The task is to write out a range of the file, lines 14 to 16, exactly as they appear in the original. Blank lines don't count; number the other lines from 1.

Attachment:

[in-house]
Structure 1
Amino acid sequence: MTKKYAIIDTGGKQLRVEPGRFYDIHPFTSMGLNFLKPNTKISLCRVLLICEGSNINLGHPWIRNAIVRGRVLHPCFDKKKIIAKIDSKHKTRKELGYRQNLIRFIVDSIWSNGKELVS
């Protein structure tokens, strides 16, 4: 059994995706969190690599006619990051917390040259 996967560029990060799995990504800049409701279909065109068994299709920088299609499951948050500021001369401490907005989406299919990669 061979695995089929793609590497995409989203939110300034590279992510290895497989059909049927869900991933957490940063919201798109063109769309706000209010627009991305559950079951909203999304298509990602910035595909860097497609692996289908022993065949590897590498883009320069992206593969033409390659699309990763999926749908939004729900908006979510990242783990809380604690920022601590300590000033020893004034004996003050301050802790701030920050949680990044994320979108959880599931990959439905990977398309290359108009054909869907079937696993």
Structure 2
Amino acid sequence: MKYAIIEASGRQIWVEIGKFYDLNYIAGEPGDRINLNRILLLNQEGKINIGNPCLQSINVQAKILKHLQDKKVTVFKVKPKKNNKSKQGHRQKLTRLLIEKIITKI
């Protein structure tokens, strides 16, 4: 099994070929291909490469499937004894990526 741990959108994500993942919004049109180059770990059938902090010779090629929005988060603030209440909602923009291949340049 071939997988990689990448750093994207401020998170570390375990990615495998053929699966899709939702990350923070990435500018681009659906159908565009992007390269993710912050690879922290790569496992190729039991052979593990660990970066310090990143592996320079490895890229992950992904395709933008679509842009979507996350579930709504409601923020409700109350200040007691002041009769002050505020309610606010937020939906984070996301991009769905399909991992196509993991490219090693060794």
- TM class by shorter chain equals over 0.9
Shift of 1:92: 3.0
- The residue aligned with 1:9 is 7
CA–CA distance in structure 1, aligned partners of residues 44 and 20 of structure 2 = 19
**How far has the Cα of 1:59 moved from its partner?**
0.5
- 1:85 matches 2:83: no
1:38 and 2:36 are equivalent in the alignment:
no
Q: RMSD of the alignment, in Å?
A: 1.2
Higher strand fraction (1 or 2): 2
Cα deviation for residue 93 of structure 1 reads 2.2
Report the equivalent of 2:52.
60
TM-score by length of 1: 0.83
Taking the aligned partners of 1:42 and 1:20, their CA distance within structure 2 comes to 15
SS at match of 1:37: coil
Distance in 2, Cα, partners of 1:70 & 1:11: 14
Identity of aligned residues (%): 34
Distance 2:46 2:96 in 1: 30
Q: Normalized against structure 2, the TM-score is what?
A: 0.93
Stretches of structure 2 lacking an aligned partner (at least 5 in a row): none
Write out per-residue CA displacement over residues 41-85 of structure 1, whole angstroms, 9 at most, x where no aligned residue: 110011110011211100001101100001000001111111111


- 1:85 matches 2:83: no
1:38 and 2:36 are equivalent in the alignment:
no